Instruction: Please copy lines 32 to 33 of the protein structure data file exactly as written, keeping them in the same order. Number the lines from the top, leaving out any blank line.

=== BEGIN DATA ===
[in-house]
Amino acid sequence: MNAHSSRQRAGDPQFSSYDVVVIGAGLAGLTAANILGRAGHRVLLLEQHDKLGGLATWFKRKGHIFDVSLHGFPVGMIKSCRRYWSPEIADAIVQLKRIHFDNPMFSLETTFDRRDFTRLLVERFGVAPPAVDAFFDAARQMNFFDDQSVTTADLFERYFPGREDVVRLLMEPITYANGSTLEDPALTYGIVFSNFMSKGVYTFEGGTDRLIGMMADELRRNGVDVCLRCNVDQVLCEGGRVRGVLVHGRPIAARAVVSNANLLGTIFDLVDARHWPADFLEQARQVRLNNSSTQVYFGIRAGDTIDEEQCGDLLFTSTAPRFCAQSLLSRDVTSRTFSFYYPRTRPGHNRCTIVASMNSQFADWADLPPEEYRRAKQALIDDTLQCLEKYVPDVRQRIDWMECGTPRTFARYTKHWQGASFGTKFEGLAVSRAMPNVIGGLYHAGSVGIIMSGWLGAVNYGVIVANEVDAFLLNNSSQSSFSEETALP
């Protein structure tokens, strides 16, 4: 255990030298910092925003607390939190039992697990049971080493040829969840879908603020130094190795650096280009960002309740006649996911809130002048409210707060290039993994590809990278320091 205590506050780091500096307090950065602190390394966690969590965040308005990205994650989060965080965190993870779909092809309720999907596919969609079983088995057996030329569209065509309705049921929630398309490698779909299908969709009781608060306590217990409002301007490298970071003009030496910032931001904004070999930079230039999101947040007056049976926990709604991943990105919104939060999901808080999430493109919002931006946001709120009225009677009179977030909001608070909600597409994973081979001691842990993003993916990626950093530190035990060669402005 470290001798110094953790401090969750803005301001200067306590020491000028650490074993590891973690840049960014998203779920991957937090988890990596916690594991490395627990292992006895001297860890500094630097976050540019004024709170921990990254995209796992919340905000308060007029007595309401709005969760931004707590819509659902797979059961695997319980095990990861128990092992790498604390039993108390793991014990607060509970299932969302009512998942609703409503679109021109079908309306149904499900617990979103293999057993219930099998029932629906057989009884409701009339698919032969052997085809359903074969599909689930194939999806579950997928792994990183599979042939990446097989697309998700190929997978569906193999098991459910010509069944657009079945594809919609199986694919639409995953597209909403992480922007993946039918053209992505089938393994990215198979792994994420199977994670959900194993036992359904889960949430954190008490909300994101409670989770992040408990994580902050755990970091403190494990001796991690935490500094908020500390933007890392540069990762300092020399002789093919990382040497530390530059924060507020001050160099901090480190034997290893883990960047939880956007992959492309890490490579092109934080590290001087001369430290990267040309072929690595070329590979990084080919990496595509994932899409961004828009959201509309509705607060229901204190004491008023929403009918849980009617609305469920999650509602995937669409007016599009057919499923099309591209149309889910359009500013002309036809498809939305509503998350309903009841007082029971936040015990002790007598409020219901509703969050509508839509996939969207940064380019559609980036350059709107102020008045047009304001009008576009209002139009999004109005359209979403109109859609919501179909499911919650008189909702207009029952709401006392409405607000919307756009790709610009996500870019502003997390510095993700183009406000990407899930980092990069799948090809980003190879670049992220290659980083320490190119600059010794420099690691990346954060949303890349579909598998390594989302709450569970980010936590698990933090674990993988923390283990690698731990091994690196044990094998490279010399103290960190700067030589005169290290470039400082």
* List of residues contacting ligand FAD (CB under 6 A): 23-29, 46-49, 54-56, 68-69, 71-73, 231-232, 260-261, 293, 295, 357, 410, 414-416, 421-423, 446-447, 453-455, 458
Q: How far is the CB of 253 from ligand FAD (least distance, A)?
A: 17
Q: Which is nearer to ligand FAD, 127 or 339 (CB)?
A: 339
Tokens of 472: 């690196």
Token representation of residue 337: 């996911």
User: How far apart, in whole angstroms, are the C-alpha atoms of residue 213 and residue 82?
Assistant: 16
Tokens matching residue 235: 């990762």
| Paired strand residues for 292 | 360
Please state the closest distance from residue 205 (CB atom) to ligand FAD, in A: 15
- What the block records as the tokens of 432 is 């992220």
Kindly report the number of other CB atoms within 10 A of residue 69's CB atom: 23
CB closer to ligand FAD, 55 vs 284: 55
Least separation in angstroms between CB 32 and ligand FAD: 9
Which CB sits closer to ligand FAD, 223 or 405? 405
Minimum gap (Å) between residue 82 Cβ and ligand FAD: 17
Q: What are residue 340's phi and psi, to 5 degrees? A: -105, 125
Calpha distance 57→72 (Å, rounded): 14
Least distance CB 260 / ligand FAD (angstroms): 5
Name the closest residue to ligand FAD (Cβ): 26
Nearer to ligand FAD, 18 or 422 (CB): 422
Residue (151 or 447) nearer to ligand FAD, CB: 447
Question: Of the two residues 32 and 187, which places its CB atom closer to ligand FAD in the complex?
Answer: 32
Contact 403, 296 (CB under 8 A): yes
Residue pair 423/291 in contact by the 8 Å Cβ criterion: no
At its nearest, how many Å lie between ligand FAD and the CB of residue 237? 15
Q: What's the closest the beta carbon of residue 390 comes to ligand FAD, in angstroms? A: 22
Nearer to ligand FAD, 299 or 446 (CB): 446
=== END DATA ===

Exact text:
At its nearest, how many Å lie between ligand FAD and the CB of residue 237? 15
Q: What's the closest the beta carbon of residue 390 comes to ligand FAD, in angstroms? A: 22